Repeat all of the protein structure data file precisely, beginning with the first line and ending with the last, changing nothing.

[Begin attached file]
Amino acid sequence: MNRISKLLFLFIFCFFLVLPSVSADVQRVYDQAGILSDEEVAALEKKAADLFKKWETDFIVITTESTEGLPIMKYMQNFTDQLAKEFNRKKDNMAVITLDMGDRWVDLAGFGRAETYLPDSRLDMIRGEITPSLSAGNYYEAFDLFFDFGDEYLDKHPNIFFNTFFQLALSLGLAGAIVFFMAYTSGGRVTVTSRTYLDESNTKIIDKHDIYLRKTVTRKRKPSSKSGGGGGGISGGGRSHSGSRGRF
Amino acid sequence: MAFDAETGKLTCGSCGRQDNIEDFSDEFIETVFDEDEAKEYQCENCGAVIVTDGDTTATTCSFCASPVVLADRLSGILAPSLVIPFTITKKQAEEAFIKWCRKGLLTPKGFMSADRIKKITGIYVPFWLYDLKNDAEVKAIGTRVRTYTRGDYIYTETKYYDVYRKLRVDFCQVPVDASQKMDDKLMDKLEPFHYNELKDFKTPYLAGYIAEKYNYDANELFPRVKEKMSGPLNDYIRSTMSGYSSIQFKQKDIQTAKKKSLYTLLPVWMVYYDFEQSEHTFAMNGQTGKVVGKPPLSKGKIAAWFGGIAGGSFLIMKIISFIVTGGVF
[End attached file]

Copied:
Amino acid sequence: MNRISKLLFLFIFCFFLVLPSVSADVQRVYDQAGILSDEEVAALEKKAADLFKKWETDFIVITTESTEGLPIMKYMQNFTDQLAKEFNRKKDNMAVITLDMGDRWVDLAGFGRAETYLPDSRLDMIRGEITPSLSAGNYYEAFDLFFDFGDEYLDKHPNIFFNTFFQLALSLGLAGAIVFFMAYTSGGRVTVTSRTYLDESNTKIIDKHDIYLRKTVTRKRKPSSKSGGGGGGISGGGRSHSGSRGRF
Amino acid sequence: MAFDAETGKLTCGSCGRQDNIEDFSDEFIETVFDEDEAKEYQCENCGAVIVTDGDTTATTCSFCASPVVLADRLSGILAPSLVIPFTITKKQAEEAFIKWCRKGLLTPKGFMSADRIKKITGIYVPFWLYDLKNDAEVKAIGTRVRTYTRGDYIYTETKYYDVYRKLRVDFCQVPVDASQKMDDKLMDKLEPFHYNELKDFKTPYLAGYIAEKYNYDANELFPRVKEKMSGPLNDYIRSTMSGYSSIQFKQKDIQTAKKKSLYTLLPVWMVYYDFEQSEHTFAMNGQTGKVVGKPPLSKGKIAAWFGGIAGGSFLIMKIISFIVTGGVF